Ministry of Defence to explore use of ‘telexistence’

Written by Sam Trendall on 17 March 2020 in News

Department seeks to better understand audiovisual, robotic and haptic technologies

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The Ministry of Defence is exploring the possible use of ‘telexistence’, including robots, immersive video and audio, and haptic technologies.

The department is to undertake a “market exploration” exercise to ascertain the potential use in defence and security environments of three different families of technologies that, when combined and integrated, create a telexistence environment.

The first of these is telepresence, which is defined as a technology that can remotely provide immersive video and audio. Haptics, meanwhile, provide the user with a virtual tactile experience.

Finally, robotics, allows for users to physically interact with an environment from a distance.

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Using telexistence technologies could, the ministry believes, allow for military, defence, and security professionals to safely perform work in dangerous environments. This could include locations in which personnel could be exposed to explosives, fire, or chemical, nuclear, or biological material. Telexistence could also be used in “space exploration”, according to the MoD.

“Developments in remote, robotic and sensory technologies in recent decades have led to an increased ability to operate differently in challenging environments,” it said. “For defence and security communities, this includes significant steps to remove the need for people to be present in potentially hazardous locations.”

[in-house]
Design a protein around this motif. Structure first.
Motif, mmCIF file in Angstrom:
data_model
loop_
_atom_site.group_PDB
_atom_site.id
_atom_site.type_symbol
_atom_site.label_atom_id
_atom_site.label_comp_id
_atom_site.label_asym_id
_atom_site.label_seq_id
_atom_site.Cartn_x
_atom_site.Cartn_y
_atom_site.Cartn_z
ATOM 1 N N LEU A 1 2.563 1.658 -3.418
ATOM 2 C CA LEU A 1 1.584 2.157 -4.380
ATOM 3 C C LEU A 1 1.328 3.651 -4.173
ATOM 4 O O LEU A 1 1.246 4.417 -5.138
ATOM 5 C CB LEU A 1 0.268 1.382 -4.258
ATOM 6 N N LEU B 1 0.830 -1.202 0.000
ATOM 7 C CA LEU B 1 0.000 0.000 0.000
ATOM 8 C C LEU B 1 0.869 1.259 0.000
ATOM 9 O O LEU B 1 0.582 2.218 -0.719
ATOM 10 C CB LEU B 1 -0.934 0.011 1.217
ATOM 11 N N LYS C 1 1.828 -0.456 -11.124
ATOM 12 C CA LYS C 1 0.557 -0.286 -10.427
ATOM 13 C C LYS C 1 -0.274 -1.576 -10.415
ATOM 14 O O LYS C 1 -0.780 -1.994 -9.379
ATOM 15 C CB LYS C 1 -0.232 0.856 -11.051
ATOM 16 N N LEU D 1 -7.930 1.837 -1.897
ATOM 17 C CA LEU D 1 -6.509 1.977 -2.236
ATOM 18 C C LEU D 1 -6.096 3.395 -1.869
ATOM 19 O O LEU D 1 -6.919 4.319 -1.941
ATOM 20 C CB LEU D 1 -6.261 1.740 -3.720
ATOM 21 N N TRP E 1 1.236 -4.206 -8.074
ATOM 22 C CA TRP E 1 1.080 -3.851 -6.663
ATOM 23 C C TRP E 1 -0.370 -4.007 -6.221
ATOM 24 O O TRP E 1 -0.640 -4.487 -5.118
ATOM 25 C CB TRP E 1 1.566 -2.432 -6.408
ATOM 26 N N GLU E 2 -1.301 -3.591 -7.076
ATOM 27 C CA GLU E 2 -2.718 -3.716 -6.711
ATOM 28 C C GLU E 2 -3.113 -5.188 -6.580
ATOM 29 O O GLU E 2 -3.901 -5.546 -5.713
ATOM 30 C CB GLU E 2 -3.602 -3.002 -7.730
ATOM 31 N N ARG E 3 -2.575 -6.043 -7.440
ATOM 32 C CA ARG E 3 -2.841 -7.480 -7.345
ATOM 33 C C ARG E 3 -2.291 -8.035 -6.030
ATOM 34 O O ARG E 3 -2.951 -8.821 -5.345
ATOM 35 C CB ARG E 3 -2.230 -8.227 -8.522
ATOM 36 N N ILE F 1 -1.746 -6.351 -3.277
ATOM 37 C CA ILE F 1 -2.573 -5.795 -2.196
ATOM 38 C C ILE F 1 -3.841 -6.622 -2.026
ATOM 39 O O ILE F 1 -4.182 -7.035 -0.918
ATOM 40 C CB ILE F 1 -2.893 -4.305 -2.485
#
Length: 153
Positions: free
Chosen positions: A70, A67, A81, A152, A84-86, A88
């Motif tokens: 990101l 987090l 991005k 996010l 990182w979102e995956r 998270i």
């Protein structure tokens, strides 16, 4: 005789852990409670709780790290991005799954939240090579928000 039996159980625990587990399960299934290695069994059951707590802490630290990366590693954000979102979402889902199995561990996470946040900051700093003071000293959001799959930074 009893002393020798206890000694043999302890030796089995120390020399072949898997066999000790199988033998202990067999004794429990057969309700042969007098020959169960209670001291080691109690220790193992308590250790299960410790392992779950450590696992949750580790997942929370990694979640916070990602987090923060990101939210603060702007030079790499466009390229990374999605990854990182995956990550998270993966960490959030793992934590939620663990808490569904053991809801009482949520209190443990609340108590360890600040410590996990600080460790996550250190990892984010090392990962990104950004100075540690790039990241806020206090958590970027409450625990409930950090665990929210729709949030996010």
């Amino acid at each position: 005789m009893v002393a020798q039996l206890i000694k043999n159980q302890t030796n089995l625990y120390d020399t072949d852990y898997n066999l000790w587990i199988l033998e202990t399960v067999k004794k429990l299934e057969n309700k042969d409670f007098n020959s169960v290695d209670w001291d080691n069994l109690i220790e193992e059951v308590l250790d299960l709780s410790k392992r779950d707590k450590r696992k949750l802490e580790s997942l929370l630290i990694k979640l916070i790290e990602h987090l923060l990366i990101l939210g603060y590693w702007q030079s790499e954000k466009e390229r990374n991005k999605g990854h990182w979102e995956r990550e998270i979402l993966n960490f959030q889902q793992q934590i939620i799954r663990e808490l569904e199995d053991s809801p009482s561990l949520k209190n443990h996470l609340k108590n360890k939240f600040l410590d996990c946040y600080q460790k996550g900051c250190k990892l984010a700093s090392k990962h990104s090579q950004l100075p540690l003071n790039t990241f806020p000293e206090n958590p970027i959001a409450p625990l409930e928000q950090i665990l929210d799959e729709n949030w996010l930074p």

The exploration exercise will be jointly undertaken by two MoD agencies: the Defence Science and Technology Laboratory; and the Defence and Security Accelerator.

The organisations are looking for suppliers of one or more of the three types of telexistence offerings to submit evidence of possible use cases.

“This market exploration aims to better understand the technology-readiness level of the components of telexistence systems in isolation or together… to inform future investment,” the MoD said. “Potential solutions should allow a user to interact with or immerse themselves in a remote location as if they were physically there. The telexistence solution: should mitigate the risk associated with operating in hazardous domains; must be able to be tangibly demonstrated and allow the operator to interact with the environment in real-time; [and] can include elements of artificial intelligence, but must permit the operator to remain in the loop.”

Responses are invited until midday on 27 April.


About the author

Sam Trendall is editor of PublicTechnology

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